Mar 11, 2013 - People, Places    No Comments

3.11 My days after

Ishinomaki

Last year on this, the memorial day of the Tohoku Earthquake I wrote a post called “Where were you”. The year after the quake this phrase turned into a greeting phrase among people who were in Japan at the time. It was our way of relating to each other and to bond through an experience that made us all realize that we are in no way as invincible as our youth leads us to believe.

In that post I promised that I would tell another story which was that of not what happened during that day but during the days following it.

As many things do it started with a telephone call…..

The days after the quake I was nervously pacing my flat watching the news non-stop and trying to keep my phone battery fully charged just in case I would be needing it for a quick evacuation when my phone rang:

“Are you free to guide a Dutch TV crew to Ishino-maki?”

I had a quick talk with my wife and after a solemn promise to be as careful as humanly possible I decided to give the producer Peter a call. From what I understood they were camped out near Narita airport with a car, gas, food and everything they needed but a guide and driver who could speak the local language.

The first contact was quick but I wanted to make sure that these fellows knew what they were getting themselves into. We were going into a disaster area and I needed to know that they knew what they were doing. As it turned out my concerns were unfounded as they had all trained survival skills with the SAS and had been both to New Orleans after Katrina and followed the Dutch army into Basra.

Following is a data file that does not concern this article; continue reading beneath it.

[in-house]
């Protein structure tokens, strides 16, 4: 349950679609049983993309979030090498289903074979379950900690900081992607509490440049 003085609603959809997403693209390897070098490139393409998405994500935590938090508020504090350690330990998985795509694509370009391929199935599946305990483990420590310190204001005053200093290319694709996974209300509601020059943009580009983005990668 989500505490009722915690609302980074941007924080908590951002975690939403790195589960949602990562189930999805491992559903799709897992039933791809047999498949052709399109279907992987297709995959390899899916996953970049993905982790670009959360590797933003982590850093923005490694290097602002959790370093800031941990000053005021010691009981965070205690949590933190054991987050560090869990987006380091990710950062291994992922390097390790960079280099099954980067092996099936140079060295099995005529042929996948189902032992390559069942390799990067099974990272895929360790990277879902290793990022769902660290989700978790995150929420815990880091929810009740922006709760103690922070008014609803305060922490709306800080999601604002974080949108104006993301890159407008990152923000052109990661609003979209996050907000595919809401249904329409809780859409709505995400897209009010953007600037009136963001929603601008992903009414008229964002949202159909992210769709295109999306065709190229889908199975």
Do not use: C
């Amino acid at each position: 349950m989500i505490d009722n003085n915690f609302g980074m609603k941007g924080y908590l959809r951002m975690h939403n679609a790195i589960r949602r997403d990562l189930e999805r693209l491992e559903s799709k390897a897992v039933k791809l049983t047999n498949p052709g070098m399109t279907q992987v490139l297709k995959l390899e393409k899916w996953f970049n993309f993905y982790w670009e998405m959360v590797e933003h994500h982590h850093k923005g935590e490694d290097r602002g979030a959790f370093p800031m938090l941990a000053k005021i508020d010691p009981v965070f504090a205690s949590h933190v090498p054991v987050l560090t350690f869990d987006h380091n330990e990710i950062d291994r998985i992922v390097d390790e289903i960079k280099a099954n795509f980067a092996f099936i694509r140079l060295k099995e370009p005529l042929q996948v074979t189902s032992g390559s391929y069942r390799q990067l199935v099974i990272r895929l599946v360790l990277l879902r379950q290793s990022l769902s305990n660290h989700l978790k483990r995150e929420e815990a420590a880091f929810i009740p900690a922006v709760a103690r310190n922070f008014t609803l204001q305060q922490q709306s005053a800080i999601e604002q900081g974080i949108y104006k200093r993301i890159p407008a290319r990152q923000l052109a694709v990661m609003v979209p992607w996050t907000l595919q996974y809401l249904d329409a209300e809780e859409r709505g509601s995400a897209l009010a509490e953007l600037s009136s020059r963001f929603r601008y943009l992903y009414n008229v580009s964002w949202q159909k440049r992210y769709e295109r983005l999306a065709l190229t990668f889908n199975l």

I took a train out to Narita to pick them up at their hotel and arrived before lunch. The last thing I explained before we set off is that I wanted them to understand that since I was the only one that could understand the language my word was law. If I say we go it means we go. They agreed and we set out.

Before leaving I had gathered all the information I could possibly find. There was some very contradictory information about the nuclear power plant going out on the news with most Japanese claiming that “Everything is OK”. Seeing the pictures on TV of a plant with no roof I was pretty certain that it was not OK and called my good friend on the news desk at NHK. He confirmed my fears and told me to stay as far away as possible from Fukushima so I decided to drive across the country to Niigata and aim for Ishinomaki from there after waiting it out another night.

The drive to Niigata was uneventful but Gasoline queues were long and you knew things were not normal anymore. Everywhere we stopped we picked up gas and water and any kind of dried/conserved food we could find to make sure that we would be able to get through the days ahead.

At the hotel in Niigata we found a Sky news crew who couldn’t get a car and driver to take them no matter how much they were willing to pay. I spent the night calculating miles and gasoline to make sure that we had enough to get back. Reports were that there was nothing in the area and only one route to get us there.

I was expecting things to go from bad to worse once we got closer to Sendai but the truth is that it was not that bad. The earthquake itself had not really done all that much damage and roads were in very good shape. The main problem was of course that the large Route 5 which is the artery for goods along with train lines were all closed down which meant that not much food stuff or necessities were getting through.

Our first stop was Sendai city hall. Hundreds of fire truck with markings from all over the country were outside and all continuously running shuttle traffic to the beach areas. Army trucks loaded with soldiers made a strange impression on me as I have never seen the likes in Japan before.